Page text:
In 2009, local Pittsburgh wrestling icon Ken Jugan, known throughout the professional wrestling industry as “Lord Zoltan,” was aligning talent for his annual Deaf Wrestlefest fundraiser at the Western Pennsylvania School for the Deaf. “Zoltan” reached out to J.J. as they are both frequent patrons of the Professional Wrestling Hall of Fame in Amsterdam, New York as well as the Cauliflower Alley Club in Las Vegas. Zoltan also knew of Dillon’s unique history with Pittsburgh. “He said, ‘I’d like to have you as a special guest,’” stated Dillon. “Then it was, ‘we want you to wrestle.’”

Dillon agreed once he realized that Dominic DeNucci was also slated on the card. On May 3, 2009, the six-man contest featured DeNucci, Cody Michaels and Shane Douglas (accompanied by Missy Hyatt) on one side, with Dillon, “Beef Stew” Lou Marconi and “Handsome” Frank Stiletto (accompanied by Count Grog) on the other side of the ring. “What did I agree so,” questioned Dillon. “I wore dress pants, shirt and tie to the ring.” The match was not a display of technical wonder, but it was inspirational nonetheless. DeNucci was 74 when he entered the ring, Dillon was 67, but he didn’t fidget with his ring wear.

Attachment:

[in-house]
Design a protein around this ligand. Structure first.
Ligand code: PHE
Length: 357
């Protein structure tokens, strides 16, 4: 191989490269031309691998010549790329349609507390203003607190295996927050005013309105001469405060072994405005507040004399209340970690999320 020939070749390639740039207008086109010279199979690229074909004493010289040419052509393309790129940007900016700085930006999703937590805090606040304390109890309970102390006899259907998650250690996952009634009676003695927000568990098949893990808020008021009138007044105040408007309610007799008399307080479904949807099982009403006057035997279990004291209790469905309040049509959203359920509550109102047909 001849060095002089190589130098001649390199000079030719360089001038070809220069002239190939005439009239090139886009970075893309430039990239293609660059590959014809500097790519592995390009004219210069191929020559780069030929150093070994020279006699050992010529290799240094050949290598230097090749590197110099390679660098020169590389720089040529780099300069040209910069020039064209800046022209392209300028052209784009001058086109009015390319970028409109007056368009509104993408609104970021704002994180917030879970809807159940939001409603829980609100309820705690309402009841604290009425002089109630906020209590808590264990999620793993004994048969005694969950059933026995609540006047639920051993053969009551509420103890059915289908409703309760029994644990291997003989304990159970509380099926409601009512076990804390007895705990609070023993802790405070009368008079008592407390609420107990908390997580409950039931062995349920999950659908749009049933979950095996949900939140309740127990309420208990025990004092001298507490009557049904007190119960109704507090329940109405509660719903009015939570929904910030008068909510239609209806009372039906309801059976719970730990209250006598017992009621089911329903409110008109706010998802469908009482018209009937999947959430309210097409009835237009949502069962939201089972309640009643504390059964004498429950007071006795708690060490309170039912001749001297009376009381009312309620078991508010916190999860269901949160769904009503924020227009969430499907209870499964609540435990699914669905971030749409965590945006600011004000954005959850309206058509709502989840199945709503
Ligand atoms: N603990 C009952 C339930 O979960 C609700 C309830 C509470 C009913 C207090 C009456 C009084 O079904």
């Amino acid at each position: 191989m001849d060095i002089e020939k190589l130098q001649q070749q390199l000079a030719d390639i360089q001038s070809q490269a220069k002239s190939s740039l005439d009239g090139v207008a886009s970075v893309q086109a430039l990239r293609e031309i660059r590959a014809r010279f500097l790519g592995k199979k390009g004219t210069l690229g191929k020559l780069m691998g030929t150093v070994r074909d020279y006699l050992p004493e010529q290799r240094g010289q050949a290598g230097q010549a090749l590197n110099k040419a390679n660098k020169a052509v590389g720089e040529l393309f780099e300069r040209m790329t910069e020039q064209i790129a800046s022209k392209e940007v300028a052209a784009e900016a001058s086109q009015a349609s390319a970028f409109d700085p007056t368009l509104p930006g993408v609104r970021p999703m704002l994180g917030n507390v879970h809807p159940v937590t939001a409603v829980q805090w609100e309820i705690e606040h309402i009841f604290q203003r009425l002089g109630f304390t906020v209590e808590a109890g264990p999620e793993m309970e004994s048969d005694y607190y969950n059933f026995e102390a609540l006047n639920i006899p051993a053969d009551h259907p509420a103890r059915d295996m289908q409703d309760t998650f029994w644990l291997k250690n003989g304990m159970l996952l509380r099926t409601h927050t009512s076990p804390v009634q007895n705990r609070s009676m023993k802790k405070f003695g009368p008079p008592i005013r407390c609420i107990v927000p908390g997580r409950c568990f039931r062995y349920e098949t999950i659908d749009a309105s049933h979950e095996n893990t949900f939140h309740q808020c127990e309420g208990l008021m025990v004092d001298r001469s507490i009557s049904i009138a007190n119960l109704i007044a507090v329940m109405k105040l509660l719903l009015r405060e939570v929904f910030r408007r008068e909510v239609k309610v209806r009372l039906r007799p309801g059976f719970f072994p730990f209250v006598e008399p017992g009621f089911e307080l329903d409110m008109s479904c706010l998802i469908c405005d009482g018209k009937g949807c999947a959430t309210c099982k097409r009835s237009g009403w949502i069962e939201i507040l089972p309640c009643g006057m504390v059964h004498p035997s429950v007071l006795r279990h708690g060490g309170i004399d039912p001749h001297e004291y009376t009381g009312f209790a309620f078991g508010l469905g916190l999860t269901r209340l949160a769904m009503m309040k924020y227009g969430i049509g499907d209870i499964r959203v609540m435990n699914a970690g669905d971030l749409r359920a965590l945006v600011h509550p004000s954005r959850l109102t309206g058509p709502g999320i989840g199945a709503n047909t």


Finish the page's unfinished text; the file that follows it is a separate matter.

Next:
The “last match” had special meaning to Dillon as it was the first time that his son, Geoffrey, was able to attend a live event with his father. “He rode with me 300 miles (from their home in New Jersey),” Dillon commented.

Appearing in Pittsburgh was also a kind of favor to Studio Wrestling rival Frank Durso, who remained active in wrestling as an “Advisor” to the Horsemen-themed stable called “The VIPs” with Shawn Blanchard and Lou Martin in Pittsburgh’s Keystone State Wrestling Alliance (KSWA).

DeNucci would slap a sleeper hold on Dillon toward the conclusion of their Deaf Wrestlefest match. Geoffrey, who has Cerebral Palsy, loved the adventure (Geoffrey’s twin sister “Missy Miss” didn’t make the trip).

More than a year later on December 10, 2010, Dillon would return and pack the KSWA’s annual “FanFest” extravaganza. Here Dillon served as an adviser to young wrestlers and tag team champions Kris Kash and Shane Starr, against the villainous VIPs and longtime rival Durso. However, temptation would be too much for Dillon and he would turn on his wards with brass knuckles, thus helping Blanchard and Martin win tag team gold. At the end of the night, Dillon would celebrate with Durso, Blanchard and Martin.